150-WORD BOOK REVIEW: The Rift by Alex Perry

rift

The author of The Rift is a white man who knows Africa and who made his living writing for Time magazine.

Alex Perry knows his subject and chronicles the changing times of the continent as well as the extraordinary Polish journalist Ryszard Kapuściński.

Praise indeed, but deserved. His anger at the way Africa is portrayed, and the aid organisations who almost profiteer from their involvement, is measured and volcanic at the same time. What he offers is an alternative view to the way Western media belittles the land-where-humans-were-created.

There was one personal bum note, however, with The Rift. Two years ago I received the biggest ovation of my life at a conference in Kenya when I derided the so-called Silicon Savannah moniker foisted on Nairobi’s tech hub and told the African audience they had no need to be compared to Silicon Valley.

Unfortunately, it appears that Perry was the person who coined this phrase, so on that subject we shall agree to differ. On the rest of it, we agree completely and this is an important book that should be read by anybody who wants to get a feel on what is happening in Africa. I loved reading it.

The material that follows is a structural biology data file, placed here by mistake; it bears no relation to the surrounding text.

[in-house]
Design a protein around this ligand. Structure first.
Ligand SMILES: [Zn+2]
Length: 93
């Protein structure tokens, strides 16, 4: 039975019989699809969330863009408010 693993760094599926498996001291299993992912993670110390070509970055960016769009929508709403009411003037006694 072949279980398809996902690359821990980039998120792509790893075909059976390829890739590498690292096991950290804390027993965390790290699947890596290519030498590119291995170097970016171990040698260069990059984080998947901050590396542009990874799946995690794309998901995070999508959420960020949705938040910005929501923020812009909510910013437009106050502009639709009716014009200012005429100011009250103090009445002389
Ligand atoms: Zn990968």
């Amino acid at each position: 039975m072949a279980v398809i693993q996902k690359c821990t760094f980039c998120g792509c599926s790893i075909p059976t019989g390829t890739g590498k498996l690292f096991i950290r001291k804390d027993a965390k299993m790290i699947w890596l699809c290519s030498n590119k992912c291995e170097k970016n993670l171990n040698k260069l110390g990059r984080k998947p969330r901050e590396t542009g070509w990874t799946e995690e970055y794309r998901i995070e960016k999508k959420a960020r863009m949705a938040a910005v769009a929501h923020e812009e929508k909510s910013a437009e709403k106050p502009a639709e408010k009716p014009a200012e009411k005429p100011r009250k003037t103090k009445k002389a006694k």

A Brief History Of Seven Killings: 150-WORD BOOK REVIEW

briefA Brief History Of Seven Killings, Marlon James’ extraordinary third novel has received acclaim from the world’s literary critics and last year won the Man Booker Prize, but it is much more important than that.

Filmic (or more likely boxset-ic) from the start, it’s not surprising that HBO have already bought up the options because this book is magnificent. Like an updated War And Peace set in Kingston and New York, not St Petersburg and Moscow, there are more than enough characters to rival Tolstoy’s creations.

Based on an assassination attempt on Bob Marley when the CIA presumed Jamaica would be one of the dominoes that followed Cuba’s socialist revolution, the depiction of poverty and gangsters in Kingston shines new light on that period of history.

This book, however, is a serious commitment. Its 700 pages, some in patois and others in dreamscape, have to be respected and nurtured in a quiet space without distraction. Once that journey begins, so will yours. An awesome book.